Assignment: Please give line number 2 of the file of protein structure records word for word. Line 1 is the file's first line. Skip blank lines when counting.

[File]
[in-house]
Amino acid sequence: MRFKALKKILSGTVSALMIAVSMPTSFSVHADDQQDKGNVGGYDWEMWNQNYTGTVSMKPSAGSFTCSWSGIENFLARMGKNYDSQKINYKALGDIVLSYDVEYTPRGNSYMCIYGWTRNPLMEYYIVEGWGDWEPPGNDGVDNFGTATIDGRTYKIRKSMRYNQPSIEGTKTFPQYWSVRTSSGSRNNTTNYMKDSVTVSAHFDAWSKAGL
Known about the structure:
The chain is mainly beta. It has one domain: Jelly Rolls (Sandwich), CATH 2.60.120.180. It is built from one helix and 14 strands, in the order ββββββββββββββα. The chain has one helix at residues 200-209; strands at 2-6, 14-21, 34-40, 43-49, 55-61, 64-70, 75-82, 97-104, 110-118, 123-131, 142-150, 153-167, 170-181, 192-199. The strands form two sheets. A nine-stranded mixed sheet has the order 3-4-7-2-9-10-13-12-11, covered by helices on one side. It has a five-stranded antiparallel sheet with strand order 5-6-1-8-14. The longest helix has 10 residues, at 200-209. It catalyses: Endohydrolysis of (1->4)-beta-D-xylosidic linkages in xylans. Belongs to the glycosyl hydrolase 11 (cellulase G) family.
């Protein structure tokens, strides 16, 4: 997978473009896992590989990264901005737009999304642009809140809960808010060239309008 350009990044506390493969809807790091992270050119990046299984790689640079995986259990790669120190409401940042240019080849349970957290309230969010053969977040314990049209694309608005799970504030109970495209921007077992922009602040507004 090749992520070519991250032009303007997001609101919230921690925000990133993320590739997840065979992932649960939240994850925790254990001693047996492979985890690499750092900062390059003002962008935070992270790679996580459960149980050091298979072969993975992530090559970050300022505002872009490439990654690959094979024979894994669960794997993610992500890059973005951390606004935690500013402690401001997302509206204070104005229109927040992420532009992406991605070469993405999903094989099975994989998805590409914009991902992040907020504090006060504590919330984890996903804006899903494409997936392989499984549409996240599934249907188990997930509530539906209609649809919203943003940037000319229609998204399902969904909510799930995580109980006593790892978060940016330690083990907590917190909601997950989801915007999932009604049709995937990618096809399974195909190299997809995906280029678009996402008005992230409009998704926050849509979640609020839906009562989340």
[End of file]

Amino acid sequence: MRFKALKKILSGTVSALMIAVSMPTSFSVHADDQQDKGNVGGYDWEMWNQNYTGTVSMKPSAGSFTCSWSGIENFLARMGKNYDSQKINYKALGDIVLSYDVEYTPRGNSYMCIYGWTRNPLMEYYIVEGWGDWEPPGNDGVDNFGTATIDGRTYKIRKSMRYNQPSIEGTKTFPQYWSVRTSSGSRNNTTNYMKDSVTVSAHFDAWSKAGL